I mean, it would be nice to believe that what a person (or character) looks like doesn’t affect how they are treated by others, but we all know that’s not true. The best one can hope for is that people will at least try to look past the surface and see the true person—or true asshole—inside.
(Unless you’re Darzin, of course, in which case the assholery can be seen from space. Yay?)
Chapter 45: Riscoria Tea (Kihrin’s story)
[In which Kihrin gets exposition and roofies. Fun!]
Drugging your student without their consent: It’s what’s for breakfast!
And, ugh. Yes, I suppose it is a pretty memorable lesson on the value of paranoia, and Kihrin is still weirdly (and stupidly) trusting even right after getting betrayed by a dragon (not to mention nearly every other person in his life, in one way or another), but jeez. If everyone could stop trampling all over Kihrin’s personal autonomy for five minutes that would be super great, you know?
Alas, it is not to be. But at least we get some eye-squinty worldbuilding first!
“Khaemezra isn’t vané.”
I blinked at him. “What?”
He shrugged. “She’s not vané. There are other races in the world besides vané and human. Originally there were four, all immortal, but gradually the races fell, lost their immortality. The vané are the only immortal race left. The others? The voras became human. The vordredd and the voramer retreated and hid. Khaemezra is voramer.”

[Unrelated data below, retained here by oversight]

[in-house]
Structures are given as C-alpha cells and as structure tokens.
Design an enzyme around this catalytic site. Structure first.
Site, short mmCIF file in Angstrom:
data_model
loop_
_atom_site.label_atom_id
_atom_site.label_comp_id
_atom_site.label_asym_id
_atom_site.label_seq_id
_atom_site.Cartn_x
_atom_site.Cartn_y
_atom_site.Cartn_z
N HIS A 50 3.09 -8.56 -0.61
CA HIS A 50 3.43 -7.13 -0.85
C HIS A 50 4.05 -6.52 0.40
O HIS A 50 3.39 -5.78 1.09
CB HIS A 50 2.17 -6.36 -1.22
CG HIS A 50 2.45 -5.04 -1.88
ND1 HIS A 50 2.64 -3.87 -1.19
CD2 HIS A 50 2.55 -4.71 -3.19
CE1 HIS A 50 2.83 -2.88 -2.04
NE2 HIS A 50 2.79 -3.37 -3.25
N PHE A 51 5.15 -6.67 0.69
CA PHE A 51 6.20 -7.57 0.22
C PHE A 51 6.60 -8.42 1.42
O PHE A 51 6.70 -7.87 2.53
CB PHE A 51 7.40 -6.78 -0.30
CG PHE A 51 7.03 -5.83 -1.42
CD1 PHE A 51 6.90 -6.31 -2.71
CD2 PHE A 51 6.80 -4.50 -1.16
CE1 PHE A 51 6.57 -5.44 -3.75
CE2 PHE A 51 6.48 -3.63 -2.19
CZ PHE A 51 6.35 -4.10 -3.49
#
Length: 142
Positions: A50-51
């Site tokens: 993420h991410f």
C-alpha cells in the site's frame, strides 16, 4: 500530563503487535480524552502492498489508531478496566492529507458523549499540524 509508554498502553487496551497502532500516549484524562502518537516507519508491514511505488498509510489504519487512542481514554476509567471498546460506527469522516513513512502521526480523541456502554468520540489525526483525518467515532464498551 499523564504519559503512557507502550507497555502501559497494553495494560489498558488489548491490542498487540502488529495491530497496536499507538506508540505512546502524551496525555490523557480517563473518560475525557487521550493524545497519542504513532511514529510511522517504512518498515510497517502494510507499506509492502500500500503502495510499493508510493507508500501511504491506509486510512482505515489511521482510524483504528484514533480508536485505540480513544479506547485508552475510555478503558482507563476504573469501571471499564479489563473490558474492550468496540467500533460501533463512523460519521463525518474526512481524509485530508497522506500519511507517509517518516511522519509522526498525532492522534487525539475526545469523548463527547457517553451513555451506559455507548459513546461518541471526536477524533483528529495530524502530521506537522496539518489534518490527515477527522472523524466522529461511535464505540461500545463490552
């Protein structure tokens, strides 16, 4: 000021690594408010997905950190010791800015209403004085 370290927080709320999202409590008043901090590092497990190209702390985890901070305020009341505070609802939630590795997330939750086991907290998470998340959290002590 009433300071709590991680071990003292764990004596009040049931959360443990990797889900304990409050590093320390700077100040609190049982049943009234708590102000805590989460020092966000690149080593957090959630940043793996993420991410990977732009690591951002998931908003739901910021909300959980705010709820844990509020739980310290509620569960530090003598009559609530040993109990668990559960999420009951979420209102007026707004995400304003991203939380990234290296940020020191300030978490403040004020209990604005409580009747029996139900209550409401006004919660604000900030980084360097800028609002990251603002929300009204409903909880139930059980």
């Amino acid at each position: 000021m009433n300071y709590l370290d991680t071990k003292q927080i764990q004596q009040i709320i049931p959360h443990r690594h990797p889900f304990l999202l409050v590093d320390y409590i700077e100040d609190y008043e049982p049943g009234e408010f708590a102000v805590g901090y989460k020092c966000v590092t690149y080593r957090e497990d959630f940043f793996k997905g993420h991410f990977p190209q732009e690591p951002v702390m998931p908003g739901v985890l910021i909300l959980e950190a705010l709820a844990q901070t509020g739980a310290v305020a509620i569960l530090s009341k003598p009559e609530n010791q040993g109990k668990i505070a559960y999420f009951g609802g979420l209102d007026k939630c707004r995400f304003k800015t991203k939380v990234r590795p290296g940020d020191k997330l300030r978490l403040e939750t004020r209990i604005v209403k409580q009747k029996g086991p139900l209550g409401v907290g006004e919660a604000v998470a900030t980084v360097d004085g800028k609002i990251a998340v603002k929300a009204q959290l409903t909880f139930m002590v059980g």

Okay, four races, fine. That’s pretty standard for fantasy worlds anyway. I wonder which one are the dwarves?
Doc says later in the chapter that—well, here’s the quote, why not:
“Why… why are the vané the only race that’s still immortal?”
“Ah.” He sighed and looked down at his hands. “That’s my fault.”
“What? You’re personally responsible?”
“Yes. Me personally. The vané were supposed to have been the ones to sacrifice their immortality, not the voramer. It was, as they say, our turn.”
The hell you say, Doc.
So first of all, presumably at some earlier point, then, it was the humans’ “turn” to lose their immortality, which I guess is why they got demoted from having a cool “v” name for their race—though that begs the question of why the voramer got to keep theirs. But this passage begs a lot of questions, period—ones that I don’t think we get full answers to in this book. And the ones we do get, I, uh, don’t remember that well. So, something to look forward to, eh?
As an etymological aside, the root “vor” comes from Latin, and means “eat” (as in “voracious”, “carnivore”, etc.). Obviously the invented languages of this world don’t have Latinate roots, but the connotation is pretty unavoidable for English speakers, so I do have to wonder if that was on purpose or not. Food for thought.
Right, clearly I need to be stopped, so this is the end! Until next week, that is. Ciao for now!